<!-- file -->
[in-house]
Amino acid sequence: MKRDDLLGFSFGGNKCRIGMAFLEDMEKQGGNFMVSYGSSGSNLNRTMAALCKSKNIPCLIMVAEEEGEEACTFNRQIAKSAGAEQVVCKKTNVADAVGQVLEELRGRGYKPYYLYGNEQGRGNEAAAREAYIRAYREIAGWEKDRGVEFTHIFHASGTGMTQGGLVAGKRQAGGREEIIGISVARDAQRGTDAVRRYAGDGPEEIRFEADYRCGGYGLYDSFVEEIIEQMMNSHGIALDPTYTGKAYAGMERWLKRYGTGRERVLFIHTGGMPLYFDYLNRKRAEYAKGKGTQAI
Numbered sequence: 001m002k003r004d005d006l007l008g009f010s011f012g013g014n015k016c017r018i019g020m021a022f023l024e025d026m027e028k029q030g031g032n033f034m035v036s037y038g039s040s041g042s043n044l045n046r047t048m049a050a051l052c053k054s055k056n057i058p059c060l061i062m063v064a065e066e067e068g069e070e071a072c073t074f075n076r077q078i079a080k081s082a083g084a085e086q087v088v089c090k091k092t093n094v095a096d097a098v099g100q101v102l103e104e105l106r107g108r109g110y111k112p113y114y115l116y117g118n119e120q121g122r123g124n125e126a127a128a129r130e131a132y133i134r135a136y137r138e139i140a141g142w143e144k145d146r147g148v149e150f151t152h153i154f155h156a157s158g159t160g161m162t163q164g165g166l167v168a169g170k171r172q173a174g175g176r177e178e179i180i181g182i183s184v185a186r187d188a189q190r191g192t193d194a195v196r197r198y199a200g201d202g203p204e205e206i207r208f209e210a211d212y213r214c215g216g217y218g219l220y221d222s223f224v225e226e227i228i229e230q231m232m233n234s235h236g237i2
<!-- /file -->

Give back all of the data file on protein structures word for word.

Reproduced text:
[in-house]
Amino acid sequence: MKRDDLLGFSFGGNKCRIGMAFLEDMEKQGGNFMVSYGSSGSNLNRTMAALCKSKNIPCLIMVAEEEGEEACTFNRQIAKSAGAEQVVCKKTNVADAVGQVLEELRGRGYKPYYLYGNEQGRGNEAAAREAYIRAYREIAGWEKDRGVEFTHIFHASGTGMTQGGLVAGKRQAGGREEIIGISVARDAQRGTDAVRRYAGDGPEEIRFEADYRCGGYGLYDSFVEEIIEQMMNSHGIALDPTYTGKAYAGMERWLKRYGTGRERVLFIHTGGMPLYFDYLNRKRAEYAKGKGTQAI
Numbered sequence: 001m002k003r004d005d006l007l008g009f010s011f012g013g014n015k016c017r018i019g020m021a022f023l024e025d026m027e028k029q030g031g032n033f034m035v036s037y038g039s040s041g042s043n044l045n046r047t048m049a050a051l052c053k054s055k056n057i058p059c060l061i062m063v064a065e066e067e068g069e070e071a072c073t074f075n076r077q078i079a080k081s082a083g084a085e086q087v088v089c090k091k092t093n094v095a096d097a098v099g100q101v102l103e104e105l106r107g108r109g110y111k112p113y114y115l116y117g118n119e120q121g122r123g124n125e126a127a128a129r130e131a132y133i134r135a136y137r138e139i140a141g142w143e144k145d146r147g148v149e150f151t152h153i154f155h156a157s158g159t160g161m162t163q164g165g166l167v168a169g170k171r172q173a174g175g176r177e178e179i180i181g182i183s184v185a186r187d188a189q190r191g192t193d194a195v196r197r198y199a200g201d202g203p204e205e206i207r208f209e210a211d212y213r214c215g216g217y218g219l220y221d222s223f224v225e226e227i228i229e230q231m232m233n234s235h236g237i2